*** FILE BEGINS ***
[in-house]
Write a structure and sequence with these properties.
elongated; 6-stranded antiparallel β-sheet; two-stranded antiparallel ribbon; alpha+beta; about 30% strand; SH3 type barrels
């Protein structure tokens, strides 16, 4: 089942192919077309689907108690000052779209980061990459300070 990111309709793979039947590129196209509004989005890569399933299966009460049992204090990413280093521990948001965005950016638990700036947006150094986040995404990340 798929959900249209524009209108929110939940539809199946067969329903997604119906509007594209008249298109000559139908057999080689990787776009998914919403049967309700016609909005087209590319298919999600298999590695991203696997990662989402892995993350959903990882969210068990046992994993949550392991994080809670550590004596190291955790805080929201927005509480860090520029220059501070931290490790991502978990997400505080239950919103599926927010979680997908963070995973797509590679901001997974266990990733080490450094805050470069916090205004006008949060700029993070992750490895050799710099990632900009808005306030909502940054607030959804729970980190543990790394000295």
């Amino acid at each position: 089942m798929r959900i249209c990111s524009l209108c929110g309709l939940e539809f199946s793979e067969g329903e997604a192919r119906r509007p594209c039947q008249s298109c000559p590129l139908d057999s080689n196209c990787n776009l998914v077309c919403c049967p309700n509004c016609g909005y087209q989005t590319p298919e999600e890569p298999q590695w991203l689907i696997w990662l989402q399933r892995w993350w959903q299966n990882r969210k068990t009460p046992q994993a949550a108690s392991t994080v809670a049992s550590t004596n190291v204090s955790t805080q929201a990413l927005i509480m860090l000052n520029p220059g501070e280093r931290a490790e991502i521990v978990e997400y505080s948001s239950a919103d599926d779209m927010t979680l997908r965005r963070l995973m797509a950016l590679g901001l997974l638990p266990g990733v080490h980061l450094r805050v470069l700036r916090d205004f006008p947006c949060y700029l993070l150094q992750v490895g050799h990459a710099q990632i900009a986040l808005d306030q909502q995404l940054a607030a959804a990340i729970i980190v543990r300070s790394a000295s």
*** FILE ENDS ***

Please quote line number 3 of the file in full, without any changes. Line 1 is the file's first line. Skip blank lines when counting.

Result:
elongated; 6-stranded antiparallel β-sheet; two-stranded antiparallel ribbon; alpha+beta; about 30% strand; SH3 type barrels